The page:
Court Labels Attorney as “Copyright Troll” and Fines Him $10,000 Over Frivolous Case Involving Photograph

2018 has been a bad year for copyright infringement troll attorney Richard Liebowitz. He specializes in bringing hundreds of suits over the alleged infringing use of a digital photograph. In February, in the case of McDermott v. Monday, Monday LLC Southern District of NY Judge Denise Cote labeled him a “Copyright Troll” for filing over 500 photo infringement lawsuits in the Southern District of NY alone in the past 2 years. We have handled more than our share of those over the years as part of our Extortion Letter Defense Program. Well it seems Judge Cote has had enough. While she did not fine him in that case, she did require that he post a bond in any future SDNY case for copyright infringement that he files. She also took the time to define “Copyright troll”:

In common parlance, copyright trolls are more focused on the business of litigation than on selling a product or service or licensing their copyrights to third parties to sell a product or service. A copyright troll plays a numbers game in which it targets hundreds or thousands of defendants seeking quick settlements priced just low enough that it is less expensive for the defendant to pay the troll rather than defend the claim.

But this week, she had enough of Liebowitz and his methods, fining him $10,000 for his behavior in the case of Steeger v. JMS Cleaning Services The particular practice in this case that brought Liebowitz to Judge Cote’s attention is that he files many of these lawsuits in NY against mom and pop websites and businesses that have no NY connection. Of course, it usually costs time and money for a company to even object to being sued in NY and Liebowitz then demands less money to settle than it would take to hire an attorney in NY to file a motion to dismiss the case for lack of jurisdiction. What happens when you file a Federal lawsuit is that, in short order, a judge schedules an initial conference to find out what the case is about and to get a discovery schedule in place. Since the defendant has usually not hired a lawyer to appear on its behalf, it is up to the plaintiff’s lawyer (Liebowitz) to notify the defendant of the conference date and time. It seems Liebowitz has a nasty habit of not notifying the other side of the conference. Liebowitz failed to serve a similar notice of pretrial conference in a case before The Honorable Ronnie Abrams of the SDNY in Al Pereira v. Kendall Jenner, Inc. Judge Abrams then instructed Liebowitz to check through his entire docket and make sure he had served notice of conferences in all his other matters. She had filed her own motion to have Liebowitz appear before her to explain why she should not fine or sanction him; Liebowitz quickly settled and dismissed the case before the date he was to appear and explain himself.

He did not move fast enough in the Steeger case. Judge Cote noted further that in a letter to the court, Liebowitz had withheld information or mischaracterized events to make it look like the defendant was at fault for not seeing or receiving the conference notice. Judge Cote was having none of it and fined Liebowitz and his law firm $10,000.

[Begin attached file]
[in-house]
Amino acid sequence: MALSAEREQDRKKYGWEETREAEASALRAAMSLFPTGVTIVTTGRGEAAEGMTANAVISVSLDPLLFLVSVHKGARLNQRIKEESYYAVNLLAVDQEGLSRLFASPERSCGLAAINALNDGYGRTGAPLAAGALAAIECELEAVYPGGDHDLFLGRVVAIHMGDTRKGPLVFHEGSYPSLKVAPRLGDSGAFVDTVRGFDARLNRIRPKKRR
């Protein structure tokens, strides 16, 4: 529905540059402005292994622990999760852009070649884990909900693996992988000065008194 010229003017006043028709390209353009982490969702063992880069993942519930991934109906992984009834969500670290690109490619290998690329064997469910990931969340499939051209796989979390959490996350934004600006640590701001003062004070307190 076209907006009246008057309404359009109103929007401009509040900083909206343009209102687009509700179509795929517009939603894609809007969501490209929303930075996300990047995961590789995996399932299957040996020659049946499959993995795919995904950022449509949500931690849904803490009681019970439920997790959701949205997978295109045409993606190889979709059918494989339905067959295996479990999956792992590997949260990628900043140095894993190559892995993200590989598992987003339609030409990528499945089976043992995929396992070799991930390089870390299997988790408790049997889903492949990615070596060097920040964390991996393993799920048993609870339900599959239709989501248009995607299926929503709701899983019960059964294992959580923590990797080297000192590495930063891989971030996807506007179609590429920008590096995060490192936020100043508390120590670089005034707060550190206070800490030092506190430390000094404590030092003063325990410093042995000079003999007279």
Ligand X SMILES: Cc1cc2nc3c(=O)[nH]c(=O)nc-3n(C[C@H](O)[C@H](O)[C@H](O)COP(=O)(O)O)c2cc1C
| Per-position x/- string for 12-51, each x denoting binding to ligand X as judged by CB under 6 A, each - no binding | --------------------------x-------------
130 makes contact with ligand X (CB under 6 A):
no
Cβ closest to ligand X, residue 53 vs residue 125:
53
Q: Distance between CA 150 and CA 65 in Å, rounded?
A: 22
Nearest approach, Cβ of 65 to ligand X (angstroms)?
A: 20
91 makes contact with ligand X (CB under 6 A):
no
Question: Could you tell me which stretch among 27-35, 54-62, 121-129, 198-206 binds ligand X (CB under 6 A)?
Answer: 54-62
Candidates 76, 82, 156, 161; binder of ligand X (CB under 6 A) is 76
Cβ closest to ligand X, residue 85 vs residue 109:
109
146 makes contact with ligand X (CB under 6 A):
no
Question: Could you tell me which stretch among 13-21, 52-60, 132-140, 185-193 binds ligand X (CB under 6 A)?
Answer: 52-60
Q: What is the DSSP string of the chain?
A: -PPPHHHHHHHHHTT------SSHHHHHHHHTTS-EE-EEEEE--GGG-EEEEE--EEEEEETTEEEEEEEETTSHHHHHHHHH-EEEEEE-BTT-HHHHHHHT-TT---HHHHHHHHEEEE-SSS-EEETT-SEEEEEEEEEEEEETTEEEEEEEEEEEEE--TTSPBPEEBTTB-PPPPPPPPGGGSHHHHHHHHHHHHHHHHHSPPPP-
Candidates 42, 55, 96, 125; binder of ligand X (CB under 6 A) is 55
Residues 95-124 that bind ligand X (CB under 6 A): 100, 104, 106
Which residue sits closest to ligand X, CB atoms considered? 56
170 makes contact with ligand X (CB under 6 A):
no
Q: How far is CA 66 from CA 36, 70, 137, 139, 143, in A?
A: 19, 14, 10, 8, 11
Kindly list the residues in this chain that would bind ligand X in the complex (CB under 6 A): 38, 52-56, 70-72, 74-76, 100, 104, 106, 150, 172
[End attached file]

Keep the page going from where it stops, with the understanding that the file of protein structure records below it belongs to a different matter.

Will this troll learn his lesson?

Its about time that Liebowitz (and copyright trolls like him) got their comeuppance. A number Mr. Liebowitz’s cases have been dismissed from the bench as frivolous. Cruz v. Am. Broad. Cos., 17cv8794 (LAK), 2017 WL 5665657, at *2 n.11 (S.D.N.Y. Nov. 17, 2017) (Judge Kaplan noted that he “awarded over $121,000 in attorney’s fees against a client of Mr. Liebowitz in three other, related copyright infringement cases that were dismissed from the bench.” (citing Kanongataa v. Am. Broad. Cos., 16cv7392 (LAK), 2017 WL 4776981, at 3 (S.D.N.Y. Oct. 4, 2017)). Multiple courts, on their own initiative, have ordered Mr. Liebowitz to show cause why he should not be required to post security for costs as a condition of proceeding further with an action. See, e.g., Pereira v. Kendall Jenner, Inc., 17cv6945 (RA) (Mr. Liebowitz voluntarily dismissed the case before responding to the Judge Abrams’ Show Cause Order.); Cruz v. Am. Broad. Cos., 17cv8794 (LAK), 2017 WL 5665657, (S.D.N.Y. Nov. 17, 2017) (Mr. Liebowitz informed the court that the parties had settled the case before responding to Judge Kaplan’s Show Cause Order.). See also Tabak v. Idle Media, Inc., 17cv8285 (AT), ECF No. 5 (Judge Torres ordered Mr. Liebowitz to show cause why the action should not be transferred. Mr. Liebowitz voluntarily dismissed the case before responding to the Order to Show Cause.); Reynolds v. Intermarkets, Inc., 17cv8795 (AT), ECF No. 4 (same).

Troll attorneys like Liebowitz take advantage of the Copyright Law’s allowance for legal fees to intimidate small businesses into paying huge sums for minor infringements. I have been fighting this battle since 2008 and have represented over 3,500 businesses in claims such as these. I see the stress and worry these claims impose on small businesses and hobby site owners. I am hopeful that the SDNY has started a trend where courts fine these lawyers for bringing theses claims into Federal court only to try and extract a settlement from a company that fears it cannot afford to litigate or pay an award.

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